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50 Years After Loving v. Virginia

Attitudes towards intermarriages have improved, but difficulties remain.

June 12th marked the 53rd anniversary of the landmark Supreme Court case Loving v. Virginia, which declared anti-miscegenation laws unconstitutional in the United States.1 Since then, the share of new marriages involving partners with different racial and ethnic backgrounds have increased five-fold, from 3% in 1967 to 17% in 2015.2 Attitudes towards interracial unions have also become more favorable. For example, the share of non-black adults in the U.S. who reported that they would oppose a close relative’s marriage to a black spouse decreased from 63% in 1990 to 14% in 2016.2

Social scientists celebrate the rise in numbers of interracial marriages because they view it as a sign of the diminishing social distance across racial/ethnic groups.3-5 According to them, crossing racial/ethnic boundaries for marriage is a sign that members of distinct racial groups are accepting each other as “social equals."3-5 Furthermore, it is also seen as a sign that educational and occupational disparities along racial/ethnic lines are diminishing because marriage requires that partners have ample opportunity to interact with one another in such settings.3

Although attitudes towards intermarriage have become more favorable and the number of interracial unions has increased, interracial couples continue to report experiencing family opposition, ostracism, and hostility from strangers and neighbors.3-5 According to the body of empirical research on intermarriage, what accounts for this seemingly contrasting narrative?

  • Global attitudes towards the interracial relationships of others tend to be much more favorable than attitudes about their own or a family member’s interracial relationships.6 Some individuals may oppose a close relative’s intermarriage even if they view interracial unions to be a "good thing for society."
  • Some parents may oppose their children’s intermarriage because they fear that they may not be understood by their in-laws with whom they seemingly have little in common. Other parents may oppose intermarriage because they fear that they may lose their ability to transmit their cultural heritage to their grandchildren.7 This fear is evinced by the fact that some parents are much more accepting of less serious relationships, such as interracial dating, than they are of serious relationships, such as intermarriage.6
  • Favorable attitudes towards interracial unions are not universal. Attitudes towards intermarriage tend to be more favorable among college-educated individuals and the young.2 Given educational expansion, parents tend to average fewer years of schooling than their children. They are also more likely to have grown up in an era when attitudes towards interracial unions were less favorable. Parents may belong to a socio-demographic group with less favorable attitudes towards interracial unions than their children.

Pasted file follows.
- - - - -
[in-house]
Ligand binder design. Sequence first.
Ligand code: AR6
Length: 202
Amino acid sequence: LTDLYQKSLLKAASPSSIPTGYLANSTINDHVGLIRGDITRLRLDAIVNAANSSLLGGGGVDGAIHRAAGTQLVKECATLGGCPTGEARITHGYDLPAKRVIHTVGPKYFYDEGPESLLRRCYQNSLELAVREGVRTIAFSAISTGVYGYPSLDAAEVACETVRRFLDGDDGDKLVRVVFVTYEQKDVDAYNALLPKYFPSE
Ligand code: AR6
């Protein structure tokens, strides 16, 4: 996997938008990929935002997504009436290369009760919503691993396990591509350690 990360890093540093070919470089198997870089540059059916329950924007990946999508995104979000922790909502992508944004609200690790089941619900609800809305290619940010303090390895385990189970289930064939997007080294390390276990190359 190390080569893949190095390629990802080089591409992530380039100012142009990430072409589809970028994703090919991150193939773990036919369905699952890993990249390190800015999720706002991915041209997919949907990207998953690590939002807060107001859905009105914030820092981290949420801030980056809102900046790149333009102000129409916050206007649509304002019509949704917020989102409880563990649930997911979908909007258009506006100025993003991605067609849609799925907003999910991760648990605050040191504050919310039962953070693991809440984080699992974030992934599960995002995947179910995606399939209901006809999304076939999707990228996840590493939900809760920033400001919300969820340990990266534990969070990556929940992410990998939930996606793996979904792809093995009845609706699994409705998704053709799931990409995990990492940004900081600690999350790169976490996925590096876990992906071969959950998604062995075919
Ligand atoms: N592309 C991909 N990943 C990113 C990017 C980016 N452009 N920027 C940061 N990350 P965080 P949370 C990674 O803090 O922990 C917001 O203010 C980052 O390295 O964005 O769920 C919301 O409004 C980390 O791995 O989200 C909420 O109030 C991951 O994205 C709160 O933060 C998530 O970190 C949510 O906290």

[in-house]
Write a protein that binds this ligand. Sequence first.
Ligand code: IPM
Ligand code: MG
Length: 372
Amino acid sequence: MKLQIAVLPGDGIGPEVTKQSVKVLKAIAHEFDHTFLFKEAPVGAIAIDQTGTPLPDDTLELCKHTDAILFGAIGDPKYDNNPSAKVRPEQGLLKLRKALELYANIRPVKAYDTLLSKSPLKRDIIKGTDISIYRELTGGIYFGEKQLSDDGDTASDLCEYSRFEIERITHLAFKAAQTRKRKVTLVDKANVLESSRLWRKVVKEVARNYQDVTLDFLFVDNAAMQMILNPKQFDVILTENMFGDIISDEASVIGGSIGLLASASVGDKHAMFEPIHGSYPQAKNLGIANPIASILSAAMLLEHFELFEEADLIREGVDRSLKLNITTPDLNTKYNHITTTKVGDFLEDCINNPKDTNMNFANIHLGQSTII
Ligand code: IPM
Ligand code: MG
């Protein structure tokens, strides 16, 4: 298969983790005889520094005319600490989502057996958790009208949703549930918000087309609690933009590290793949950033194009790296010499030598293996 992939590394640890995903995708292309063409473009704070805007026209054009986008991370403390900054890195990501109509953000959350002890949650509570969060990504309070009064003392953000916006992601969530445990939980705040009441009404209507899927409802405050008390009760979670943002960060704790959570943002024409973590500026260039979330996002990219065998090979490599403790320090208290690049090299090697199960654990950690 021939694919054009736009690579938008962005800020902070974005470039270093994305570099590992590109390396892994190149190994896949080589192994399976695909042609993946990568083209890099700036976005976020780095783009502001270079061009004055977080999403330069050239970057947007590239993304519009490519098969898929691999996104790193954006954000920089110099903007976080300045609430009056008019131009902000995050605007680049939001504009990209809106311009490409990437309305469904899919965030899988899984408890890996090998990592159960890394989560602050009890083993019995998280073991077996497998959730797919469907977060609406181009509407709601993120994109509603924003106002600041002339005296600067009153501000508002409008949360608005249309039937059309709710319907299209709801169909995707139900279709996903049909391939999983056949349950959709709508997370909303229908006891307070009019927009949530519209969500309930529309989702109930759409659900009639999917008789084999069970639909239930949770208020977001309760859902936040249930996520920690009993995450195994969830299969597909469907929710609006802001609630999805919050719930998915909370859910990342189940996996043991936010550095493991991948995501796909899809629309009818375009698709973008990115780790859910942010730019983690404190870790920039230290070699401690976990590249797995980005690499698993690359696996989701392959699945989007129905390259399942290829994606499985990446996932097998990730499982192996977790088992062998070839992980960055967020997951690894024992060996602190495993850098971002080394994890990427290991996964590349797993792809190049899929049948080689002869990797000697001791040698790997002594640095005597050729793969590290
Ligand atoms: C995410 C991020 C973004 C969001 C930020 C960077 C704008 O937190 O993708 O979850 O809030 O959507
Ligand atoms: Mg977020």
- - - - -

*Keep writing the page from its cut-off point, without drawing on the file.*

• People's attitudes towards certain interracial couples may have not improved or not improved as much. In-depth interviews reveal that people are significantly less accepting of unions involving White and Black partners than they are of other interracial pairings, such as White-Asian and White-Hispanic intermarriages.8 Non-blacks were more likely to report that they expected greater family opposition if they were to date a black partner than a non-black partner of a different racial/ethnic groups.8

Although we have come a long way since Loving v. Virginia, the racial divide continues to exist and interracial couples continue to face opposition from kin, ostracism, and discrimination. Barriers to intermarriage continue to exist in part because some socio-demographic groups continue to subscribe to unfavorable attitudes towards intermarriages. This barrier is particularly prominent for some interracial couples, such as White-Black couples. The ongoing challenges experienced by interracial couples and the need to improve race relations suggest that the real legacy of Loving v. Virginia may not be the court ruling itself, but the Lovings' commitment to diminish racial barriers.


Obasogie, O. (2017, June 12). Was Loving v. Virginia Really About Love? The Atlantic.

Livingston, G. and A. Brown. Intermarriage in the U.S. 50 Years After Loving v. Virginia. Washington, DC: Pew Report.

Qian, Z. and D. Lichter. 2007. “Social Boundaries and Marital Assimilation: Interpreting Trends in Racial and Ethnic Intermarriage”. American Sociological Review 72: 68-94.

Blackwell, Debra L. and Daniel T. Lichter. 2000. “Mate Selection among Married and Cohabiting Couples.” Journal of Family Issues 21: 275–302.

Choi, K. and M. Tienda. 2017. “Marriage-Market Constraints and Mate-Selection Behavior: Racial, Ethnic, and Gender Differences in Intermarriage”. Journal of Marriage and Family 79(2): 301-317.

Herman, M. and M. E. Campbell (2012). “I wouldn’t, but you can: Attitudes toward interracial relationships”. Social Science Research 41, 2, 343-358.

Kroeger, R. and K. Williams. (2011). "Consequences of black exceptionalism? Interracial Unions with Blacks, Depressive Symptoms, and Relationship Satisfaction". The Sociological Quarterly 52, 3: 400-420.